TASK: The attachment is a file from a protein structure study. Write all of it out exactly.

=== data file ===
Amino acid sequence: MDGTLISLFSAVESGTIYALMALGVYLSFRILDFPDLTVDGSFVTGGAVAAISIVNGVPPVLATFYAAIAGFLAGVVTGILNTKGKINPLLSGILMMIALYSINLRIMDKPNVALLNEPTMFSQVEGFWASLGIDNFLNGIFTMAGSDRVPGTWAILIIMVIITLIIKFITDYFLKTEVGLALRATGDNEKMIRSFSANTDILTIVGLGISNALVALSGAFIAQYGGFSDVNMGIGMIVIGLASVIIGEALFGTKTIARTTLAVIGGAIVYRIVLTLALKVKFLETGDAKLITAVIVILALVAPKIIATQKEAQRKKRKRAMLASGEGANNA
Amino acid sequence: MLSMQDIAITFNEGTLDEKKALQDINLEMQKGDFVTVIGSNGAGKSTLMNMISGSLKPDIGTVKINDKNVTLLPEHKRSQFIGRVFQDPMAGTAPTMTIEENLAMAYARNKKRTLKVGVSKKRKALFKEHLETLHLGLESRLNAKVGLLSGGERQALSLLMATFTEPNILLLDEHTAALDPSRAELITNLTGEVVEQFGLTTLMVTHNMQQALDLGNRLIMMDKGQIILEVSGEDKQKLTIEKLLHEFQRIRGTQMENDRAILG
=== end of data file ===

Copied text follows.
Amino acid sequence: MDGTLISLFSAVESGTIYALMALGVYLSFRILDFPDLTVDGSFVTGGAVAAISIVNGVPPVLATFYAAIAGFLAGVVTGILNTKGKINPLLSGILMMIALYSINLRIMDKPNVALLNEPTMFSQVEGFWASLGIDNFLNGIFTMAGSDRVPGTWAILIIMVIITLIIKFITDYFLKTEVGLALRATGDNEKMIRSFSANTDILTIVGLGISNALVALSGAFIAQYGGFSDVNMGIGMIVIGLASVIIGEALFGTKTIARTTLAVIGGAIVYRIVLTLALKVKFLETGDAKLITAVIVILALVAPKIIATQKEAQRKKRKRAMLASGEGANNA
Amino acid sequence: MLSMQDIAITFNEGTLDEKKALQDINLEMQKGDFVTVIGSNGAGKSTLMNMISGSLKPDIGTVKINDKNVTLLPEHKRSQFIGRVFQDPMAGTAPTMTIEENLAMAYARNKKRTLKVGVSKKRKALFKEHLETLHLGLESRLNAKVGLLSGGERQALSLLMATFTEPNILLLDEHTAALDPSRAELITNLTGEVVEQFGLTTLMVTHNMQQALDLGNRLIMMDKGQIILEVSGEDKQKLTIEKLLHEFQRIRGTQMENDRAILG